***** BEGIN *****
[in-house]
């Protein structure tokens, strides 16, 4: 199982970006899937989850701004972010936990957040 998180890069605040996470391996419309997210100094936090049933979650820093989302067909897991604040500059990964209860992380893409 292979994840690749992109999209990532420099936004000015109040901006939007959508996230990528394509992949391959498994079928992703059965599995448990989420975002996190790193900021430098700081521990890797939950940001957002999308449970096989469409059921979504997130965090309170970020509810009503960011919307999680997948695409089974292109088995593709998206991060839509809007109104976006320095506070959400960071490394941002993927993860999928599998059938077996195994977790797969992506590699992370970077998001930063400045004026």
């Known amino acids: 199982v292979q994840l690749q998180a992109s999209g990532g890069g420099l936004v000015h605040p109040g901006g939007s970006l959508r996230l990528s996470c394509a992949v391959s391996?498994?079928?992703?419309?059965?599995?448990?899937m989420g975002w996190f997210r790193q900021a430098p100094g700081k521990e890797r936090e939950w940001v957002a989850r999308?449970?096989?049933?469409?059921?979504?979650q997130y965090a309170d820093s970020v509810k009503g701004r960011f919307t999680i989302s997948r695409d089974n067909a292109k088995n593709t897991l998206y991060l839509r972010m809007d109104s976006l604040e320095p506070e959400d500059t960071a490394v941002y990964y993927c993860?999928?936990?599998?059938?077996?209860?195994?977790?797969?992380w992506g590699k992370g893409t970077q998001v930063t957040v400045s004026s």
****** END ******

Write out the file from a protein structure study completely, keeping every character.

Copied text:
[in-house]
């Protein structure tokens, strides 16, 4: 199982970006899937989850701004972010936990957040 998180890069605040996470391996419309997210100094936090049933979650820093989302067909897991604040500059990964209860992380893409 292979994840690749992109999209990532420099936004000015109040901006939007959508996230990528394509992949391959498994079928992703059965599995448990989420975002996190790193900021430098700081521990890797939950940001957002999308449970096989469409059921979504997130965090309170970020509810009503960011919307999680997948695409089974292109088995593709998206991060839509809007109104976006320095506070959400960071490394941002993927993860999928599998059938077996195994977790797969992506590699992370970077998001930063400045004026």
């Known amino acids: 199982v292979q994840l690749q998180a992109s999209g990532g890069g420099l936004v000015h605040p109040g901006g939007s970006l959508r996230l990528s996470c394509a992949v391959s391996?498994?079928?992703?419309?059965?599995?448990?899937m989420g975002w996190f997210r790193q900021a430098p100094g700081k521990e890797r936090e939950w940001v957002a989850r999308?449970?096989?049933?469409?059921?979504?979650q997130y965090a309170d820093s970020v509810k009503g701004r960011f919307t999680i989302s997948r695409d089974n067909a292109k088995n593709t897991l998206y991060l839509r972010m809007d109104s976006l604040e320095p506070e959400d500059t960071a490394v941002y990964y993927c993860?999928?936990?599998?059938?077996?209860?195994?977790?797969?992380w992506g590699k992370g893409t970077q998001v930063t957040v400045s004026s």